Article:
Tootsies Go Into Administration

tootsiesBurger chain, Tootsies, went into administration today, after parent company, Clapham House Group, decided to withdraw its support and funding. 

The restaurant company, who also owns Gourmet Burger Kitchen and The Real Greek, bought Tootsies Restaurants Limited for £25m in May 2006.

The Clapham House Group said: “There is little prospect of the Tootsies business as a whole generating a profit in the near future.”

They cited “the current economic outlook and the prolonged downturn in trading and profitability at the Tootsies business” as the main reasons for their decision. 

Family friendly restaurant chain, Giraffe, has taken over 11 of the 21 Tootsies restaurants for a consideration of £2.5m. They will be keeping on and retraining 275 members of staff.

Amongst those 11 restaurants are sites in Belsize Park, Weybridge, Wandsworth, and James St. (opposite St. Christopher’s Place). This takes the number of Giraffe restaurants in the UK to 40, although for the immediate future these new sites will continue to trade as Tootsies restaurants.


A Great Romantic


Early on in Jane Campion’s new film, Bright Star, Fanny Brawne reads, transfixed, the opening lines of John Keats’ epic poem, Endymion, “A thing of beauty is a joy for ever; Its loveliness increases; it will never/ Pass into nothingness.” This proves to be the start of a powerful, uncontrollable love affair, and the start of a film filled with Keats’ poems.

Bright Star

It’s London in 1818 and a secret love affair begins between the 23 year old poet John Keats, and his 18 year old next door neighbour, Fanny Brawne. Notes are passed, fingers are touched, and eyelashes counted.

But no all-consuming love affair is complete without the jealous best friend; in this case the brash Scotsman and self-styled poet-in-arms, Charles Armitage Brown (played by Paul Schneider).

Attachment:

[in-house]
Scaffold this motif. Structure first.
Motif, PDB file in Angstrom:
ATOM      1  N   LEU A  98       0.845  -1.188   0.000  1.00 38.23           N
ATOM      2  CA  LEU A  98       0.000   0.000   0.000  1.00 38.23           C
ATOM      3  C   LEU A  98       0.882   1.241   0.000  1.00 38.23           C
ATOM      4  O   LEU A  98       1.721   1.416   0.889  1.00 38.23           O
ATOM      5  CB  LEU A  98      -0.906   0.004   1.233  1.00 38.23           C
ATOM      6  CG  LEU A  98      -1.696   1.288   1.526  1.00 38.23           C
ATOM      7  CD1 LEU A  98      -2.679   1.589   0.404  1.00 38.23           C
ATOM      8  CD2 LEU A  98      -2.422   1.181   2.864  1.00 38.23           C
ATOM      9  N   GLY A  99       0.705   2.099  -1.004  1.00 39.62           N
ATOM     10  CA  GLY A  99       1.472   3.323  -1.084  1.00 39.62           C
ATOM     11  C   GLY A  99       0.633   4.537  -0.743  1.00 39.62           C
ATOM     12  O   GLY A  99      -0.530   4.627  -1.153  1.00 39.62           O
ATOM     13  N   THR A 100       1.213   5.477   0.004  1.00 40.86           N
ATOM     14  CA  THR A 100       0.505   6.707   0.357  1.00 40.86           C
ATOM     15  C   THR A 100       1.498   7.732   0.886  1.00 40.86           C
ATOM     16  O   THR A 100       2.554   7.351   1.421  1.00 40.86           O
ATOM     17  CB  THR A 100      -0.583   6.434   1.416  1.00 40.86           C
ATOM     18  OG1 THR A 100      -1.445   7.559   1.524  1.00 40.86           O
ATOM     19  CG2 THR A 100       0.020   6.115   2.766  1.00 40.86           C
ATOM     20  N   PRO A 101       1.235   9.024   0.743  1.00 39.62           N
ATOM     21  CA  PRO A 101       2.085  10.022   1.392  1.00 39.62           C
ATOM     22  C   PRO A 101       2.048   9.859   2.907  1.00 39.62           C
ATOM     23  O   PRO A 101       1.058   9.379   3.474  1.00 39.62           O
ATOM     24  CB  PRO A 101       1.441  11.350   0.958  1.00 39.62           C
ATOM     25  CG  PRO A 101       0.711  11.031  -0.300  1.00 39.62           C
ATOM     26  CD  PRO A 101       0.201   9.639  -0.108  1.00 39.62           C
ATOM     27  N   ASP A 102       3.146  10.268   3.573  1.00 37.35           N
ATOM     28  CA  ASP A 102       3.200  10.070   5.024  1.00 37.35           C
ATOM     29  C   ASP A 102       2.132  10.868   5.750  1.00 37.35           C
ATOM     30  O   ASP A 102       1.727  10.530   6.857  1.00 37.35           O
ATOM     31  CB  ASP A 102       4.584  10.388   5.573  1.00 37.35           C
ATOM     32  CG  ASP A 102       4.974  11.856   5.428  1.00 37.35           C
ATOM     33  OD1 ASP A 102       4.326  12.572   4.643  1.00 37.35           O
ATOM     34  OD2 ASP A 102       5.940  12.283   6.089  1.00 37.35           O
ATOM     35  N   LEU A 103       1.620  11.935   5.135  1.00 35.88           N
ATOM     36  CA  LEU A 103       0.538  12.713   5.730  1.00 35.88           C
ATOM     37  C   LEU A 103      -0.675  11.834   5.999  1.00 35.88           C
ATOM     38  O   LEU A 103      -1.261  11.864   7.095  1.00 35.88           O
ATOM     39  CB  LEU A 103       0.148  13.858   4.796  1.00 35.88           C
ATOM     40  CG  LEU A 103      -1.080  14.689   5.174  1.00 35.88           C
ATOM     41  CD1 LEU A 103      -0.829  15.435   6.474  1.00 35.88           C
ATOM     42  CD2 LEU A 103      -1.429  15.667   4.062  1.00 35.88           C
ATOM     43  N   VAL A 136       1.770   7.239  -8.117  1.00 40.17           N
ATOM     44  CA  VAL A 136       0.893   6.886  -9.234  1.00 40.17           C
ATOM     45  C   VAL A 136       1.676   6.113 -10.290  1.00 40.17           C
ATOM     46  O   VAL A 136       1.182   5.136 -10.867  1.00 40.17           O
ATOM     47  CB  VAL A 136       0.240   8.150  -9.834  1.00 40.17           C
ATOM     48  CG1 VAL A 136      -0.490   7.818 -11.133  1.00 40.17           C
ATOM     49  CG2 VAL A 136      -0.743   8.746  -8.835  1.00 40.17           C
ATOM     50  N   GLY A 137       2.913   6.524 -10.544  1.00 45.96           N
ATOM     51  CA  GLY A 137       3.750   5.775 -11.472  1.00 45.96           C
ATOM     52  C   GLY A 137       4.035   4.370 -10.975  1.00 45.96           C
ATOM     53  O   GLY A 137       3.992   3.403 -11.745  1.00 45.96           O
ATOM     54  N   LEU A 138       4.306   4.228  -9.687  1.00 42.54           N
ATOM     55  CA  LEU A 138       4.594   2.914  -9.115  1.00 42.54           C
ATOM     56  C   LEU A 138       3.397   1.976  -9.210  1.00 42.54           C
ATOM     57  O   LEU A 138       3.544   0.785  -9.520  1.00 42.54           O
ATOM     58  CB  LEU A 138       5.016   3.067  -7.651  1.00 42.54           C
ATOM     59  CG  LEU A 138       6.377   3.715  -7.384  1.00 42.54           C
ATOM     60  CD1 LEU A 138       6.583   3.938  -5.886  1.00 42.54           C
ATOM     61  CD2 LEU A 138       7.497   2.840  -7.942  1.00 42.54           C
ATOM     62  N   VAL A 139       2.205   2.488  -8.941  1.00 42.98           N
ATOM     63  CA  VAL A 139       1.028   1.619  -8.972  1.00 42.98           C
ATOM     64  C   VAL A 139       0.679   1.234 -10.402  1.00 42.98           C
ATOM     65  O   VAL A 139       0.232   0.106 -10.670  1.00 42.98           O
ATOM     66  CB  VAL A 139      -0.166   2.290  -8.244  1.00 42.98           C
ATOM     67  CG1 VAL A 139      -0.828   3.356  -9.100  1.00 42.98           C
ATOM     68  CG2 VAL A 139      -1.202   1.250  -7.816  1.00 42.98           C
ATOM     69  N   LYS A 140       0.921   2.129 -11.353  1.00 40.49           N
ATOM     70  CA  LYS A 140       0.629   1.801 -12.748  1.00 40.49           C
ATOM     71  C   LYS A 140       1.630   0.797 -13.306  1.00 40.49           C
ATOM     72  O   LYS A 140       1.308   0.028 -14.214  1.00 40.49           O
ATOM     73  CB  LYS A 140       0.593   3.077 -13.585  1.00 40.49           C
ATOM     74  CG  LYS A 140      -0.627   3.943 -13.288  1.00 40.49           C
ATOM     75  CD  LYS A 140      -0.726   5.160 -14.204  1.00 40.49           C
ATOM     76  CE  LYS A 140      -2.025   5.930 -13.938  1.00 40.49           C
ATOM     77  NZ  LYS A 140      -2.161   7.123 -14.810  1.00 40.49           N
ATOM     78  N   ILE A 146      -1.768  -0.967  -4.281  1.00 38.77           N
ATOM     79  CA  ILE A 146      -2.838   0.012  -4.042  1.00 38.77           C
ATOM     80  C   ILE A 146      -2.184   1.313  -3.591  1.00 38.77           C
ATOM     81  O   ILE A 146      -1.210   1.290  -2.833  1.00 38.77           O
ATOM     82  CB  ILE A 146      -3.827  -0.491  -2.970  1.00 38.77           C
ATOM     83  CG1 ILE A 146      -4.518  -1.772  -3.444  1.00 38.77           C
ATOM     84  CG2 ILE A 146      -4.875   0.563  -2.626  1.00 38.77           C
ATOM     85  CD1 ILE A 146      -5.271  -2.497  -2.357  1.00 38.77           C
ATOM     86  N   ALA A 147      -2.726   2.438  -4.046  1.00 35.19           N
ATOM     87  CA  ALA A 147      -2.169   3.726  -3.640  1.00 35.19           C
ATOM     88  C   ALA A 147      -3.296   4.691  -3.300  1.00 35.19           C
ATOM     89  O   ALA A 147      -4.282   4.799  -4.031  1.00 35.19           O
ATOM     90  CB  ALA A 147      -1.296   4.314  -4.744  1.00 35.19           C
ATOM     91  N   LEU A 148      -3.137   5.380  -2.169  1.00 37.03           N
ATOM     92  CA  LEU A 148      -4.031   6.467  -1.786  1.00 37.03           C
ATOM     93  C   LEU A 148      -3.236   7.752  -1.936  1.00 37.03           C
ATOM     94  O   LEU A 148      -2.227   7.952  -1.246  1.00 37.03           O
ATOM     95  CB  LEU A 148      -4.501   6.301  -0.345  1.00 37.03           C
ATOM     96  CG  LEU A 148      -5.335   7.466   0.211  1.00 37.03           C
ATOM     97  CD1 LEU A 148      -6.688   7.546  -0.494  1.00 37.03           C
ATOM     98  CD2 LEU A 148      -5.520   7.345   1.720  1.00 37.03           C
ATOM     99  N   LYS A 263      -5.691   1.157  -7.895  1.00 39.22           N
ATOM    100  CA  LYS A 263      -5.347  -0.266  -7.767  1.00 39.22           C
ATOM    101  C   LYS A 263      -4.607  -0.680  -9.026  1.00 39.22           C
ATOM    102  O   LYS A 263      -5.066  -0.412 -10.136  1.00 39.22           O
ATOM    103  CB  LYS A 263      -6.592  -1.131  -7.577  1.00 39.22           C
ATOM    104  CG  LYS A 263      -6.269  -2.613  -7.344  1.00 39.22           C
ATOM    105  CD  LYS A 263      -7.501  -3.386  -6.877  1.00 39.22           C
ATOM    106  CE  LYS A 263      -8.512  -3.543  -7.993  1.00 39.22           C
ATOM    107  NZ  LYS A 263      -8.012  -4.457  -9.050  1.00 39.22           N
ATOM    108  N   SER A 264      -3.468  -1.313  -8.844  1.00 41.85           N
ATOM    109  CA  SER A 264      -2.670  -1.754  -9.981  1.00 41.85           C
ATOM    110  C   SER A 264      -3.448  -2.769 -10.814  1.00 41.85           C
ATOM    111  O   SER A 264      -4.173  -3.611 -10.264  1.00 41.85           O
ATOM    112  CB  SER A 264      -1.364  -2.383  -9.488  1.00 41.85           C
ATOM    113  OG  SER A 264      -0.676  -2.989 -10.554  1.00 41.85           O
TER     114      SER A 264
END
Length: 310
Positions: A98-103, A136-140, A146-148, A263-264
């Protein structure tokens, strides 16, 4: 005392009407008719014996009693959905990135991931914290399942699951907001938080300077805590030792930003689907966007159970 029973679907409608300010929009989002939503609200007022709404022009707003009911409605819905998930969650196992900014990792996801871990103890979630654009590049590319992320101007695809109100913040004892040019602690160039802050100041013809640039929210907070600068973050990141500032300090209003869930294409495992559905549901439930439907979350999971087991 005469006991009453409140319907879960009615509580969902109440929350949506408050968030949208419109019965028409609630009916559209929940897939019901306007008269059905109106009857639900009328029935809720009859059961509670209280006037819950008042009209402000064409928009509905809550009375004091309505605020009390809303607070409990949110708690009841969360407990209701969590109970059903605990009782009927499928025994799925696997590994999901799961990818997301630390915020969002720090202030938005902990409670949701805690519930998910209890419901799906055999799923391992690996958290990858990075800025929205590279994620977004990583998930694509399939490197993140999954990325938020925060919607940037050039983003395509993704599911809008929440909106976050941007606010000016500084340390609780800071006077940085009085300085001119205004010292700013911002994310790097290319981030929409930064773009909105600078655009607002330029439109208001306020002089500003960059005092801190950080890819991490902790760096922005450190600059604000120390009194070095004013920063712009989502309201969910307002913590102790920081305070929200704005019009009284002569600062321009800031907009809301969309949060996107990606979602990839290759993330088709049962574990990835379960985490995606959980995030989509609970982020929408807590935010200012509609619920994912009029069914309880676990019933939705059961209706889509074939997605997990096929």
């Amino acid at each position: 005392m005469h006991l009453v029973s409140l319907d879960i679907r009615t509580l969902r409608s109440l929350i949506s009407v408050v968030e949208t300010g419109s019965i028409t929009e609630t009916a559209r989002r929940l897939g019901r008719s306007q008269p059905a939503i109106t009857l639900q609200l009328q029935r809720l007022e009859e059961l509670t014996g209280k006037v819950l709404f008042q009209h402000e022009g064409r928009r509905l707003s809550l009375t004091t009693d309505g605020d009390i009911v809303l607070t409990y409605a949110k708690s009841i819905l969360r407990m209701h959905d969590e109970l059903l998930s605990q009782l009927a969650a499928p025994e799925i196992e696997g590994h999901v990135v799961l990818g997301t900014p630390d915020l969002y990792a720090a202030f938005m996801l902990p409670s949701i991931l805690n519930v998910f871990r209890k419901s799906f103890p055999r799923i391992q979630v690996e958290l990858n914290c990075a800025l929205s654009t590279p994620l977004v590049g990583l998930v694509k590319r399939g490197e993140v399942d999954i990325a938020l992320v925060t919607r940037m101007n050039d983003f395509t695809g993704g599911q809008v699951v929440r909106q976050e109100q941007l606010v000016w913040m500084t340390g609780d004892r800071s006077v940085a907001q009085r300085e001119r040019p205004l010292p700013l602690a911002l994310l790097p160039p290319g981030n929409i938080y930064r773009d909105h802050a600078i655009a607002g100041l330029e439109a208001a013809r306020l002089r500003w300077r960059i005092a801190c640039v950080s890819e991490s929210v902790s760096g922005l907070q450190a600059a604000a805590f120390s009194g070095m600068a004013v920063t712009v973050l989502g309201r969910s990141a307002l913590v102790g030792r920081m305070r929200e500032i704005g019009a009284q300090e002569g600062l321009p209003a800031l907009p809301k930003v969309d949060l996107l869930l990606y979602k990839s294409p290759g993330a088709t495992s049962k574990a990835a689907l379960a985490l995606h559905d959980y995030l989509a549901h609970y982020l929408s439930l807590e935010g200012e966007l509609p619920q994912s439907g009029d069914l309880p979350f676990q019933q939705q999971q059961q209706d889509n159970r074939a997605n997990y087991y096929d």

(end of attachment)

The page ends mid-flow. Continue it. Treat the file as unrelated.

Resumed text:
For much of the film Brawne and Brown quarrel over the territory of Keats. As producer, Caroline Hewitt, puts it, “Brown sees Fanny as a flibbertigibbet”. She’s getting in the way of the real work to be done, which is writing profound poetry.  The fact that Keats’ most powerful poetry comes during these months is not lost on the audience, and increasingly not on Brown either.

In fact poetry is inextricably tied up in the love between Fanny and John Keats. “I started to think about the story of Fanny and Keats as a ballad, a sort of story poem,” Campion explains. The Australian director, best known for The Piano, goes on to explain how the inspiration for the film came from reading Andrew Motion’s biography, Keats: “I got to the part where he met Fanny and I fell in love with their story. I was drawn to the pain and beauty and innocence of their love affair.”

The former Poet Laureate was an advisor during filming, and perhaps that explains various moments of verisimilitude.  I noticed that the letters in the film use Keats’ actual handwriting. Fanny and Keats also have lines we know they really said. Fanny’s lament before Keats leaves for Rome, “We cannot be created for this kind of suffering,” is all the more powerful for such knowledge.

 The same can be said for lines recited from Keats’ poems. “I was determined to get as much of his poetry in as we could,” Campion says. “A lot of people feel alienated from poetry, because they don’t understand it. But Keats is a great explainer of poetry and I wanted to use that in the story. Poetry is a drug really, it goes into your head and it sticks.”

Its aim in that respect is admirable, and has the potential to introduce Keats to those who may be unfamiliar with the opulence of his verse. As Whishaw puts it, “I think he was very complicated and probably a genius.” And this does come through. But what really goes into your head and sticks is the all-consuming, powerful, touching, innocent love of Fanny Brawne and John Keats.

Chile and The Fatherland (18/03/09)

Time to write some updates. I couldn´t have sent it earlier, because it has to look like I´ve been very busy and far too hungover to send emails.